The appeal judge made it clear that Lee, as employer
28 . . . was legally bound to pay the salaries of the workers that he brought into Singapore regardless of whether Halcyon actually provided jobs for them.
It was a point the judge reiterated further down in his written decision, saying, that the welfare of workers
34 . . is a legal responsibility that cannot be shirked or excused by a deteriorating economic climate or by defaulting business partners. This legal responsibility is even more significant when the foreign workers are of particular vulnerability, ie, where they are unskilled workers with little bargaining power and unable to fend for themselves.
The judge then observed, and in doing so, provided guidance for future cases:
33. As there is a lack of clear precedents regarding the consequences arising from the commission of the offences under the EFMA, it is important to emphasise that employers who persistently fail to discharge their legal responsibilities towards foreign workers will ordinarily have custodial sentences imposed on them. I ought to also emphasise that a single serious transgression in relation to this genre of offences might also attract a custodial sentence. When precisely the custody threshold is crossed will necessarily have to be fact centric. The seriousness of the offence will of course be exacerbated when a large number of foreign workers are brought in and the employer fails to fulfil his legal responsibilities towards them. Other possible aggravating considerations are, inter alia:
(a) a persistent failure by an employer to discharge his responsibilities, eg, the employer has been in continuous breach for an extensive period of time with no efforts of rectification,
(b) an employer’s failure to discharge its responsibility that renders the employee susceptible to physical harm or otherwise results in a situation that compromises the worker’s overall welfare or well being, and
(c) an employer’s cumulative commission of various offences under the EFMA or different conditions in the work permit with regard to the same worker (eg, failing to pay the salary and housing the worker in unacceptable conditions).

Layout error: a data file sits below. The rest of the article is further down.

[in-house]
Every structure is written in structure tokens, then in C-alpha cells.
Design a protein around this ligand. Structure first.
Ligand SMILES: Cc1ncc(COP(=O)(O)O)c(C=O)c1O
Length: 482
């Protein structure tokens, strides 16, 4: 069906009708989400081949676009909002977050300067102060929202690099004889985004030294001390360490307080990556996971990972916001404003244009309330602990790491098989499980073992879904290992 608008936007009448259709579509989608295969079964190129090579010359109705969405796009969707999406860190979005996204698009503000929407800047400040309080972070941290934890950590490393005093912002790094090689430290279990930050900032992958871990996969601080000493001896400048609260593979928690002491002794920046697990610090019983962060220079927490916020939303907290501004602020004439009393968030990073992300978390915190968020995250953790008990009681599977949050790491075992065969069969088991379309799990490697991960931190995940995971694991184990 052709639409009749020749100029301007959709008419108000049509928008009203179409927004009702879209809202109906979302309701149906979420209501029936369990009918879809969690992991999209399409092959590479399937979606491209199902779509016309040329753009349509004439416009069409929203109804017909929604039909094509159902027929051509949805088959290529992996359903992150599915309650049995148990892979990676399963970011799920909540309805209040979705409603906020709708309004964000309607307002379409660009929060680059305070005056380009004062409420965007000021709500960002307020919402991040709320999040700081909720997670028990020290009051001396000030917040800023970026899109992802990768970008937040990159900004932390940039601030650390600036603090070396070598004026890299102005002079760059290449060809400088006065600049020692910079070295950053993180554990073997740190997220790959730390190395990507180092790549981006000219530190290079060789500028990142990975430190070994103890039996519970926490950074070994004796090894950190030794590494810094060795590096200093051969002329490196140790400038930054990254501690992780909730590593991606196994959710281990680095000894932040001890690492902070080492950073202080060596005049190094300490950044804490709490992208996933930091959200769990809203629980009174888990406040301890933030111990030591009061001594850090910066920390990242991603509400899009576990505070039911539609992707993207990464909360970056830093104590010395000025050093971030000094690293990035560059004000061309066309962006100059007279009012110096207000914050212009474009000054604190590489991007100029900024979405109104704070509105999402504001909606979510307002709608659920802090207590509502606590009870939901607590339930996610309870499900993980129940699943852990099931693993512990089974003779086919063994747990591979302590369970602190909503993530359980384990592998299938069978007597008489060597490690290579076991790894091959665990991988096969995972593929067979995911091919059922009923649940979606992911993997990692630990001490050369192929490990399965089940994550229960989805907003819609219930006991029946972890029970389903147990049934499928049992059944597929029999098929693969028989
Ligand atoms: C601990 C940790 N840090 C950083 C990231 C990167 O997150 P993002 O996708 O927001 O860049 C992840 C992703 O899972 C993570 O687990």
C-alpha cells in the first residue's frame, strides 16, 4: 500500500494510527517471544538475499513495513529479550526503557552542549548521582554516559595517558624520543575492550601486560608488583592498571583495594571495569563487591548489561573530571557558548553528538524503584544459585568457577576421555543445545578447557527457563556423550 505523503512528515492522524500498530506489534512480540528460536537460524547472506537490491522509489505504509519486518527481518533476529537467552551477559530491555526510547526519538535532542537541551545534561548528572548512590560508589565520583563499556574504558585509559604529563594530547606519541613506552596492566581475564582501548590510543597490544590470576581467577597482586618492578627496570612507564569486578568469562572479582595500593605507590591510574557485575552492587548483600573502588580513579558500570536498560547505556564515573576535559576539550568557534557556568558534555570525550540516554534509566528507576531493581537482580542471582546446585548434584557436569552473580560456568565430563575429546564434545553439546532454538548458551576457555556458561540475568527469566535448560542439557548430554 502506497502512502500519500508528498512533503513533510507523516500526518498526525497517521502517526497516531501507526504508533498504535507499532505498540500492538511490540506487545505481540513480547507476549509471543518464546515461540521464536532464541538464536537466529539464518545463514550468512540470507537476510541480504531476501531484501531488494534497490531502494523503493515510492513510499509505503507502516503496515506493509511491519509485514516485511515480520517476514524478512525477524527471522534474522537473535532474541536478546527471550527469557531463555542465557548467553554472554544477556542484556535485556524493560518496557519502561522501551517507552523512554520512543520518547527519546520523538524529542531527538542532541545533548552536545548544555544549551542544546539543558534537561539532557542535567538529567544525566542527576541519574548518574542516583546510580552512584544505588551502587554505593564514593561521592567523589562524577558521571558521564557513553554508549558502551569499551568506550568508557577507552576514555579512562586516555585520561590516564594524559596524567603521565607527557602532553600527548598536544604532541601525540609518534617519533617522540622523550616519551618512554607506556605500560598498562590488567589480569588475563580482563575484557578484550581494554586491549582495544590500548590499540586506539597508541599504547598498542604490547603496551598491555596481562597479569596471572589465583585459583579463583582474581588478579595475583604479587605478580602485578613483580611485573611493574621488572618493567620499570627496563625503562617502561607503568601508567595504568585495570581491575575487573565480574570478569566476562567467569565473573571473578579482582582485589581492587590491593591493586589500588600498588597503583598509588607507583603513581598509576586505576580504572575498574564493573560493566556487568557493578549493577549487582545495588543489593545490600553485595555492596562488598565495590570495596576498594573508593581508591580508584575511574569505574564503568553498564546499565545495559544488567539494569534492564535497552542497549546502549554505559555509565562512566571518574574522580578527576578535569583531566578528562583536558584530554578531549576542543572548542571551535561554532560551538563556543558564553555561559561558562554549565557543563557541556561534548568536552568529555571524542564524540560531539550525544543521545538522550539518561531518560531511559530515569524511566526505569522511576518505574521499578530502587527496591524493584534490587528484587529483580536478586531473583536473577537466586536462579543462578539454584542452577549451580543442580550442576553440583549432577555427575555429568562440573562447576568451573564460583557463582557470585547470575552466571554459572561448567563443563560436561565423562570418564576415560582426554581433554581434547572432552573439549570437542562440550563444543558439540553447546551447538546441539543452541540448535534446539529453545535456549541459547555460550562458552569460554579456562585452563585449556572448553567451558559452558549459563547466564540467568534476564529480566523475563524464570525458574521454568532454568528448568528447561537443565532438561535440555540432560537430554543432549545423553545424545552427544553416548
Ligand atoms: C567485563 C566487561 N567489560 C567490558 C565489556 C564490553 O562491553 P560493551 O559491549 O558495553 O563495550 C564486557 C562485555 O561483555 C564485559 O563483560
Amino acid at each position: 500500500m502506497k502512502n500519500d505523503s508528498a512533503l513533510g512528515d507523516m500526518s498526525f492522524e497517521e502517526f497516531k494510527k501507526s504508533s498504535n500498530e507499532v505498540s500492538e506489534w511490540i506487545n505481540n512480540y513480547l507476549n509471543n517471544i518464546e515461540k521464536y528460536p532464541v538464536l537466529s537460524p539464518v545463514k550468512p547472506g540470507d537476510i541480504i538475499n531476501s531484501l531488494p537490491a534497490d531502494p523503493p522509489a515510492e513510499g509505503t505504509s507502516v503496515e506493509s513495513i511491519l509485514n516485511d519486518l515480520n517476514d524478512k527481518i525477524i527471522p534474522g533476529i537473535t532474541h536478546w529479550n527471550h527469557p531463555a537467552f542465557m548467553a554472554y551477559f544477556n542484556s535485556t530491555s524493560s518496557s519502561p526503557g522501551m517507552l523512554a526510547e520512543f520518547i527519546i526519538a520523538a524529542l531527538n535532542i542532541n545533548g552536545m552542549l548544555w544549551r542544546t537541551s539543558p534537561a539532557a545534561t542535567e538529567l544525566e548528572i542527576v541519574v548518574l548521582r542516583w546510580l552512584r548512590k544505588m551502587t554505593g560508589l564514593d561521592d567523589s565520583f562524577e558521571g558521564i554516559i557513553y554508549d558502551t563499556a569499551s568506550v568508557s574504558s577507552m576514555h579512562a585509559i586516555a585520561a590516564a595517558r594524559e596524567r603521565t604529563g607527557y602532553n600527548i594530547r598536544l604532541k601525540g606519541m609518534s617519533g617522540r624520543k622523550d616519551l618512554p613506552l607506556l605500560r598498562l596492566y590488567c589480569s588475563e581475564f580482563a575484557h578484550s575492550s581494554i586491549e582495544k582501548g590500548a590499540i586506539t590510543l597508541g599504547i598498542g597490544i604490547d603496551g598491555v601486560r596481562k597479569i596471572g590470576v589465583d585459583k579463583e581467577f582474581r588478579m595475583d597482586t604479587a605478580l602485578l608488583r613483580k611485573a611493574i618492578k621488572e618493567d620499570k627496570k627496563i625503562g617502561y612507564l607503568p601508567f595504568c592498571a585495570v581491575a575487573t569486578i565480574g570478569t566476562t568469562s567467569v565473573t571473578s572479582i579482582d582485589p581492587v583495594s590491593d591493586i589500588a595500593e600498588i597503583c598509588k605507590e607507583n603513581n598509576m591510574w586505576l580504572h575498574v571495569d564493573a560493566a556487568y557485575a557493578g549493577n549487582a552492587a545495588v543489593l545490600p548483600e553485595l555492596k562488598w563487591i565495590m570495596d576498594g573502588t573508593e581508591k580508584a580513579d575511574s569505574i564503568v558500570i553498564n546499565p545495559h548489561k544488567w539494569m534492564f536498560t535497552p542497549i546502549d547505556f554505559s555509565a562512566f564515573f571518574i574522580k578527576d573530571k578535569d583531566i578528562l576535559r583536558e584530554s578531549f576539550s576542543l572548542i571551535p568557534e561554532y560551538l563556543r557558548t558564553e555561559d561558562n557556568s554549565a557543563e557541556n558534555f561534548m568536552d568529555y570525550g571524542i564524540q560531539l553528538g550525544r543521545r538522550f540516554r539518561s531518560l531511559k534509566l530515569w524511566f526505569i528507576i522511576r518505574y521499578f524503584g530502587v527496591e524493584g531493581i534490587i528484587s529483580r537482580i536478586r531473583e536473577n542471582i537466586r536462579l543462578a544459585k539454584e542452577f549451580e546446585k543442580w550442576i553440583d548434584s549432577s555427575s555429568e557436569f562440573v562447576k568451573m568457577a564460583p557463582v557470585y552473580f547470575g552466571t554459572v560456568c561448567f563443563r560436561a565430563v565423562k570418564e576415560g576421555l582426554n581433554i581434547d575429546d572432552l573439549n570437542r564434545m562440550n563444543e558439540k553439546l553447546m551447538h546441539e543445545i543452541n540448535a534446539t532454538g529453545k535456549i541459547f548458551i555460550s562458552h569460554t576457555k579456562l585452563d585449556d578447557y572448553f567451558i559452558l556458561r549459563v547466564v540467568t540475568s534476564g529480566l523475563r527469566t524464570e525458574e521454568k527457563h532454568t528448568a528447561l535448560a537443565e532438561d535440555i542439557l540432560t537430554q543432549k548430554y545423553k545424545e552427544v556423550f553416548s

The appeal judge took the opportunity to express his disagreement with the lenient sentences given by the lower court. With respect to the accommodation offences, for which Lee was only fined,
39 . . . I viewed the Appellant’s failure to discharge his obligation in providing acceptable accommodation much more seriously [than the lower court] – such breaches that expose and cause physical harm to one’s employees deserve a custodial sentence to reflect the abhorrence towards such offences. In my opinion, had the Prosecution appealed, the accommodation charges would have attracted a custodial sentence in order to be commensurate with the severity of the harm caused and the level of general deterrence required.
With respect to the salary offences, the jail sentence for which was the subject of appeal,
41. Therefore, it could not be said that a sentence of one week’s imprisonment per charge with four charges to run consecutively was manifestly excessive. Indeed, given the number of workers involved here the sentence ought to have been heavier.
In conclusion, Justice V K Rajah emphasised that employers of foreign workers have serious responsibilities and
42 . . . A serious failure to discharge these responsibilities, ie, in relation to the payment of salaries; the statutory levies due; or the provision of suitable accommodation will ordinarily attract a custodial sentence.
And then ruled that the magistrate’s lenient sentences should not be used again as guiding precedents.
43 . . . Perhaps I should also make plain that the custodial sentence given in these proceedings should not be viewed as the benchmark for similar offending conduct. Had there been an appeal to enhance the sentences, I would have been inclined to significantly increase the term of imprisonment.
Altogether, the appeal judge made this point — that stiffer sentences would have been appropriate — several times in his written decision. The court’s guideline for future cases could not be clearer.
TWC2 is an organization that is dedicated to assisting low-wage migrant workers when they are in difficulty. We are motivated by a sense of fairness and humanity, though our caseload often exceeds our